FIG. 1 is a block diagram showing the overall structure of a machining system according to a preferred embodiment of the present invention;
FIG. 2 is a machine information table memorized in a magnetic disc of the machining system shown in FIG. 1;
FIG. 3 is a workpiece information table memorized in the magnetic disc;
FIG. 4 is a workpiece storage information table memorized in the magnetic disc; and
FIGS. 5(a) and 5(b) are flowcharts showing the processing of the CPU shown in FIG. 1.
A machining system according a preferred embodiment of the present invention will be explained hereinafter with reference to drawings. In FIG. 1, numeral 10 denotes a transfer line along which a workpiece W mounted on a pallet P is transferred by a transfer vehicle 11, and plural numerically controlled machine tools MT1, MT2 . . . MTn are installed at one side of the transfer line. These machine tools MT1-MTn are each equipped with pallet exchange devices PC1, PC2 . . . PCn, respectively, to carry pallets between the respective machine tools MT1-MTn and the transfer vehicle 11.
Loading/unloading stations LUS1 and LUS2 are also arranged at the same side of the transfer line at which the machine tools MT1-MTn are arranged. An operator attaches new workpieces on pallets P, and detaches machined workpieces from pallets P at the loading/unloading stations LUS1 and LUS2. Arranged along the other side of the transfer line is a workpiece storage composed of plural buffer stations BS1-BSn at which many pallets are stored. Workpieces mounted on theses pallets include new workpieces, machined workpieces, and half-machined workpieces.
New workpieces W mounted on pallets P at the loading/unloading stations LUS1 and LUS2 are transferred to the buffer stations BS1-BSn by the transfer vehicle 11, while machined workpieces at the buffer stations BS1-BSn are transferred to the loading/unloading stations LUS1 and LUS2 for removal of the workpieces W.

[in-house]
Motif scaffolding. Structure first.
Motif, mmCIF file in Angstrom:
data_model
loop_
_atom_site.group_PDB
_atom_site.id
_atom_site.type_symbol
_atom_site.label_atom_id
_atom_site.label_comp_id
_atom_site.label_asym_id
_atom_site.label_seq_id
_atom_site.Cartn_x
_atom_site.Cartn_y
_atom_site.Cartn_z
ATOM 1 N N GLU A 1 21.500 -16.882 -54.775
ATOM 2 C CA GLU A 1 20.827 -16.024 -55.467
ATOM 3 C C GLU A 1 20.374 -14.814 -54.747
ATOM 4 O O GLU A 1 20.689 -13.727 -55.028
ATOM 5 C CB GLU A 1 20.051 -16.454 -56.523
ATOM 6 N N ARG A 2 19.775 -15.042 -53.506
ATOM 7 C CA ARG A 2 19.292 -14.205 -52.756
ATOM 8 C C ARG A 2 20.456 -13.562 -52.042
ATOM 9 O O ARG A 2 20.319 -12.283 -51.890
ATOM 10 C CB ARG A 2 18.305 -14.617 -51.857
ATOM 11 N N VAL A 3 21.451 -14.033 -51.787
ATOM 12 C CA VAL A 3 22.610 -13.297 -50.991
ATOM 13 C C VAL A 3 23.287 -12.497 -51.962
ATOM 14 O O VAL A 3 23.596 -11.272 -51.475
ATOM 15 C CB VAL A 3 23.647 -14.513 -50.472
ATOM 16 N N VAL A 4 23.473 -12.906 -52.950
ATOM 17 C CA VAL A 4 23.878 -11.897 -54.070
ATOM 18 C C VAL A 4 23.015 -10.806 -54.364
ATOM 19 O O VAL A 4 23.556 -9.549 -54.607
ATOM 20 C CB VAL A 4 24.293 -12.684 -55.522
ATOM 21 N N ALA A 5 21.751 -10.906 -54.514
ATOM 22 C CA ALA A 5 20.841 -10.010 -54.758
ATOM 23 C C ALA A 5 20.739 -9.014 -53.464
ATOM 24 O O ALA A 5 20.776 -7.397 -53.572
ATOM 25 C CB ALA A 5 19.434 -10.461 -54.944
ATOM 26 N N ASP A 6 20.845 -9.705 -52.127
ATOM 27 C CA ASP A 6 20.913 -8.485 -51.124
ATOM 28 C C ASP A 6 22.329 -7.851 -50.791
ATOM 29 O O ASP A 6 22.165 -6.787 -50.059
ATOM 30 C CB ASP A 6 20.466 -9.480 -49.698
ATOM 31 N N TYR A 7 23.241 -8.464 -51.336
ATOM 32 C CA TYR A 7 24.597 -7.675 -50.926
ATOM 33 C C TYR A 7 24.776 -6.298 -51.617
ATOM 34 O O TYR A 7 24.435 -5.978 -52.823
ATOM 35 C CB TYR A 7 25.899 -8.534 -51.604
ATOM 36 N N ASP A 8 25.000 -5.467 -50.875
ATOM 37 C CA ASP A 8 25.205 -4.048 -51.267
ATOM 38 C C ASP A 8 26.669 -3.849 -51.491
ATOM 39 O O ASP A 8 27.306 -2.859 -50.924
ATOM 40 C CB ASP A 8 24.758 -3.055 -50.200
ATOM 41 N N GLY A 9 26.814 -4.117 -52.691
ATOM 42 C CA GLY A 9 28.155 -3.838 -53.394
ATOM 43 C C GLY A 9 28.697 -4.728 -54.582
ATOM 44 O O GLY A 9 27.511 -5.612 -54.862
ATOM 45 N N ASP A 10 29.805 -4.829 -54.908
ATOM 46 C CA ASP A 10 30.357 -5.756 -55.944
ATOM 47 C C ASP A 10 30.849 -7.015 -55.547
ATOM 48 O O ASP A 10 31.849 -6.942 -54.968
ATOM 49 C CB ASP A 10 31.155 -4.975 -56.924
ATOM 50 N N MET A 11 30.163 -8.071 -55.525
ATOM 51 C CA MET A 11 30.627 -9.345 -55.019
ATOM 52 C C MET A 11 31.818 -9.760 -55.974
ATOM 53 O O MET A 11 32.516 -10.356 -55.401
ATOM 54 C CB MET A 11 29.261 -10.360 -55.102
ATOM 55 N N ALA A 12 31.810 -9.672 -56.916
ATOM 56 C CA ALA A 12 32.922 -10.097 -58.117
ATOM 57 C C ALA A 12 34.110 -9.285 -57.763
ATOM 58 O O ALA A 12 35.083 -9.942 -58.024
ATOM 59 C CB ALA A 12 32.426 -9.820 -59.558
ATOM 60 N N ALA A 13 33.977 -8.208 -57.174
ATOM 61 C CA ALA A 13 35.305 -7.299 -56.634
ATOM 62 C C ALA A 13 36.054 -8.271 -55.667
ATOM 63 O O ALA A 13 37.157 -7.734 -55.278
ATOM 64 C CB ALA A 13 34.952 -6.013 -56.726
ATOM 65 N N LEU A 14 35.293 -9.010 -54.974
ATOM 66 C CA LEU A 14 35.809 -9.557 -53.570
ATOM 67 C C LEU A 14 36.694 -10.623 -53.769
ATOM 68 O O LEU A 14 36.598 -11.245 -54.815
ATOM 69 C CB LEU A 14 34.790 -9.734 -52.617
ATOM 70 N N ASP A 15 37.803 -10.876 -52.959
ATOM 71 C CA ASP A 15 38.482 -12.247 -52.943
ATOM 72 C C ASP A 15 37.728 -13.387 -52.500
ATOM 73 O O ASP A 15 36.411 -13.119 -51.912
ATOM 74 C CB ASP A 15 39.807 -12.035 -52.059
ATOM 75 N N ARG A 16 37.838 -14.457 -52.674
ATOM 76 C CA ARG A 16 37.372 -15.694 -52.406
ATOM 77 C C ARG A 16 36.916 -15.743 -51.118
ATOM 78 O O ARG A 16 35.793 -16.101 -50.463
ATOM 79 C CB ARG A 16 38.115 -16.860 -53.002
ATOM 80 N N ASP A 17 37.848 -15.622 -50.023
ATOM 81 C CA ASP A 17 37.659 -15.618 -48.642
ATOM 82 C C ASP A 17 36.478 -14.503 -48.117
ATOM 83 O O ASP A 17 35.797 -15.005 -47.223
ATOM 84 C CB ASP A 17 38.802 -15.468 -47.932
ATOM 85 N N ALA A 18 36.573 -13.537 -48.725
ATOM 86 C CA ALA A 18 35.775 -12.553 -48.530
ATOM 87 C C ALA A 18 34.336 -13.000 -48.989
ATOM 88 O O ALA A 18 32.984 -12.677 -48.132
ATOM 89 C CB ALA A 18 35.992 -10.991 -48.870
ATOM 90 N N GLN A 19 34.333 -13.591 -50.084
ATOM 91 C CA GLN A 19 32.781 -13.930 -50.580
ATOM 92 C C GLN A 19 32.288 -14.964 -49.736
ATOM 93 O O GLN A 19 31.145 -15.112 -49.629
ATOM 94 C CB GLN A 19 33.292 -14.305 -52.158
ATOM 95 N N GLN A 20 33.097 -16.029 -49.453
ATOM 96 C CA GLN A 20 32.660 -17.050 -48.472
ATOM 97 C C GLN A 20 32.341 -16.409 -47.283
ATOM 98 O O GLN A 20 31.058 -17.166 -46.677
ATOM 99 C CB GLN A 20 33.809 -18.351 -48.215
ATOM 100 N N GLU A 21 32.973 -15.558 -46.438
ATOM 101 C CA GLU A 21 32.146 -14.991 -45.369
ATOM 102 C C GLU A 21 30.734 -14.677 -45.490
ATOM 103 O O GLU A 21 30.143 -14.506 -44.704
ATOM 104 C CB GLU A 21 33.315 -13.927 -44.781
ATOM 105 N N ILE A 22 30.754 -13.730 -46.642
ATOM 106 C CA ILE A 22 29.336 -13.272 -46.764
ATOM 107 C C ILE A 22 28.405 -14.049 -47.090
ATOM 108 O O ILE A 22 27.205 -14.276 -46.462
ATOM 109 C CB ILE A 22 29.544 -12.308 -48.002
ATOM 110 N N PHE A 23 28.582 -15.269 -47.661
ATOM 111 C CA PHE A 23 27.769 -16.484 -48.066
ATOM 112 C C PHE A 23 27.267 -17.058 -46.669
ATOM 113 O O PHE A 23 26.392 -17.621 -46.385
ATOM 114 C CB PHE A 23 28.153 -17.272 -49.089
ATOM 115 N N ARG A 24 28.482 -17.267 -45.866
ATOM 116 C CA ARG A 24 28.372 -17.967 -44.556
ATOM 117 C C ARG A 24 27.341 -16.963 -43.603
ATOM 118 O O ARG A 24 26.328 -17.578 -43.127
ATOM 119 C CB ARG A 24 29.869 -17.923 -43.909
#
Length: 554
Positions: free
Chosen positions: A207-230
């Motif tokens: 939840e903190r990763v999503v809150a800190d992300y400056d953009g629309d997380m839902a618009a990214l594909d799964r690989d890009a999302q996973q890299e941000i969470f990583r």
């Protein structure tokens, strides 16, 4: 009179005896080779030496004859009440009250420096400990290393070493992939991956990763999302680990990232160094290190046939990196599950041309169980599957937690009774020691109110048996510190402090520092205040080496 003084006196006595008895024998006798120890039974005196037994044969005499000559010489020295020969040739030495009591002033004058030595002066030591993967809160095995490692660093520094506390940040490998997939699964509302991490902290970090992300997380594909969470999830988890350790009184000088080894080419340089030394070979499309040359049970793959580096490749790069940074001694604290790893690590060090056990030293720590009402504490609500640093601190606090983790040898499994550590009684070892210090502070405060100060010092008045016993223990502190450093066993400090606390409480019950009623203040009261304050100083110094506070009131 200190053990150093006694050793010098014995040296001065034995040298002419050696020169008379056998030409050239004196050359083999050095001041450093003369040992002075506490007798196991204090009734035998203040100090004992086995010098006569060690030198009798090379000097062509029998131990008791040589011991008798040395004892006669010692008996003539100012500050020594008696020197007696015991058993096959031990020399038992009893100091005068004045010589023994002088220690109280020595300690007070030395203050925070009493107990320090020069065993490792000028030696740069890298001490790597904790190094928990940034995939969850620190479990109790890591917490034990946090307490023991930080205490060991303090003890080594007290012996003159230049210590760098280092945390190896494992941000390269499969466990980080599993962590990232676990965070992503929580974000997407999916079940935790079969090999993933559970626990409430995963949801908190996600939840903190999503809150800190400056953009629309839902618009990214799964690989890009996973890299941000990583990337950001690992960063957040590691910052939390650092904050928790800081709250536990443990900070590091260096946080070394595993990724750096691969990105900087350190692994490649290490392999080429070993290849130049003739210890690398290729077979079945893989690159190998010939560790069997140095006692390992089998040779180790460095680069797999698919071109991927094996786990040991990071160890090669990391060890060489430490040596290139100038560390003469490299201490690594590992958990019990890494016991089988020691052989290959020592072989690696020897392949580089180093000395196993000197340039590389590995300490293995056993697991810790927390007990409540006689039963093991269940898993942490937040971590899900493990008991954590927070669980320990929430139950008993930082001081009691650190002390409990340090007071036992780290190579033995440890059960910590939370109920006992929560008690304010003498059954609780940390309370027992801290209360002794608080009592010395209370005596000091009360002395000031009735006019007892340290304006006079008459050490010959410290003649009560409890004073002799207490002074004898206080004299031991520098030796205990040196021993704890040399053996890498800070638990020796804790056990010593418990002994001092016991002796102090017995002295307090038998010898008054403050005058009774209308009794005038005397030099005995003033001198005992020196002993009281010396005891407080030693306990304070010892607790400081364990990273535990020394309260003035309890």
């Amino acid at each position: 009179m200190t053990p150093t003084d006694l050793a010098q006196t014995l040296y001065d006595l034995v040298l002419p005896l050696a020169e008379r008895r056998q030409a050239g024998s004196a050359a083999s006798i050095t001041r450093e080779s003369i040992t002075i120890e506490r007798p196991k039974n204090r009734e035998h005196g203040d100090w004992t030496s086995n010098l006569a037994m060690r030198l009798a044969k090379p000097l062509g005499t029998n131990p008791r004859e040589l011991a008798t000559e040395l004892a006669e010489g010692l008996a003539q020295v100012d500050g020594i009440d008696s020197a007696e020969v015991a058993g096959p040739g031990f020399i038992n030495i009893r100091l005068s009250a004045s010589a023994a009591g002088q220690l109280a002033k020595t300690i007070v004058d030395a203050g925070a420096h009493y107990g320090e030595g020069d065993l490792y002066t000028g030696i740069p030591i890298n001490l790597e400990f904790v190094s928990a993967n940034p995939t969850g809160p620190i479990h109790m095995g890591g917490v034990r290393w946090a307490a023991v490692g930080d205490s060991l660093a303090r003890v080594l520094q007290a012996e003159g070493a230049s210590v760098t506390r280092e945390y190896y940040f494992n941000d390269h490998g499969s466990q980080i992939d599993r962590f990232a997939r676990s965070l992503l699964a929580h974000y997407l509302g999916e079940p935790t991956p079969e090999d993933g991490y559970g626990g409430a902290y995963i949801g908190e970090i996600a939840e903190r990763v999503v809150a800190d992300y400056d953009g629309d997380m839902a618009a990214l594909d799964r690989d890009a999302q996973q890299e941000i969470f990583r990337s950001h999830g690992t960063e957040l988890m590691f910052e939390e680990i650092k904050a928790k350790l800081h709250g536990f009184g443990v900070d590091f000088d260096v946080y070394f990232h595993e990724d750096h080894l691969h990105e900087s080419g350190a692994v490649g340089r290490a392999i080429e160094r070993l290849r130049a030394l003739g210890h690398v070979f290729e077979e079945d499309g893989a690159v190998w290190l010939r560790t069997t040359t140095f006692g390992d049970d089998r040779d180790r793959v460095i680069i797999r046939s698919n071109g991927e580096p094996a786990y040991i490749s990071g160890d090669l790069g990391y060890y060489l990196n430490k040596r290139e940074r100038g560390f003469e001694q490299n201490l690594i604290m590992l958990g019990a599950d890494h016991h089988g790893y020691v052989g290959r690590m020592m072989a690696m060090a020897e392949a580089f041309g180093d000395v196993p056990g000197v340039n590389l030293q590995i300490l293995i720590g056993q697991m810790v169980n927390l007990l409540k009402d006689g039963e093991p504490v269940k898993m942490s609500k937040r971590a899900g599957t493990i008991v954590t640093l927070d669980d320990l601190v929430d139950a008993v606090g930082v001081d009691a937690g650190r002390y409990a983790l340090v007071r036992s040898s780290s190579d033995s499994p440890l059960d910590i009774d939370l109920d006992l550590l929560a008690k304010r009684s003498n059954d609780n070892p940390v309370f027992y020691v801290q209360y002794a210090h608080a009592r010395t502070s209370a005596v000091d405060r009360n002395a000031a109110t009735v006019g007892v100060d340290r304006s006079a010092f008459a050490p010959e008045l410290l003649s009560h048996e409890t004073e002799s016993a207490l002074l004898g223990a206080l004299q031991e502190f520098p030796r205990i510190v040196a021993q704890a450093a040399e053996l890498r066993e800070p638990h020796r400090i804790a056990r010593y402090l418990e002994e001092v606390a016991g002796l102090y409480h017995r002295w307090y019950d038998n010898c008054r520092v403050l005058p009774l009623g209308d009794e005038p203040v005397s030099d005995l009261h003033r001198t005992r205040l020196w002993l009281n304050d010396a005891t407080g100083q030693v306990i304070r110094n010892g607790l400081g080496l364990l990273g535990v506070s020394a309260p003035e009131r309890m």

Numeral 20 denotes a central processing unit (hereinafter referred to as "CPU") of a control apparatus of the machining system, and a magnetic disc 21 and interface circuits 22a and 22b are connected to the CPU 20. Numerical controllers NC1-NCn, which are mounted on the respective machine tools MT1-MTn to control them, are connected to the CPU 20 through the interface circuit 22a so that numerical control data are transferred from the CPU 20 to the numerical controllers NC1-NCn. Connected to the interface circuit 22b are a sequence controller 24 which mainly controls the transfer vehicle 11 and the pallet exchange devices PC1-PCn, and an operation panel 25 having a CRT display, a keyboard, command switches and the like.
The sequence controller 24 memorizes therein a sequence control program for moving the transfer vehicle to a position designated by a command signal output from the CPU 20, and for controlling the pallet exchange devices PC1-PCn to transfer pallets between the transfer vehicle 11 and the machine tools MT1-MTn.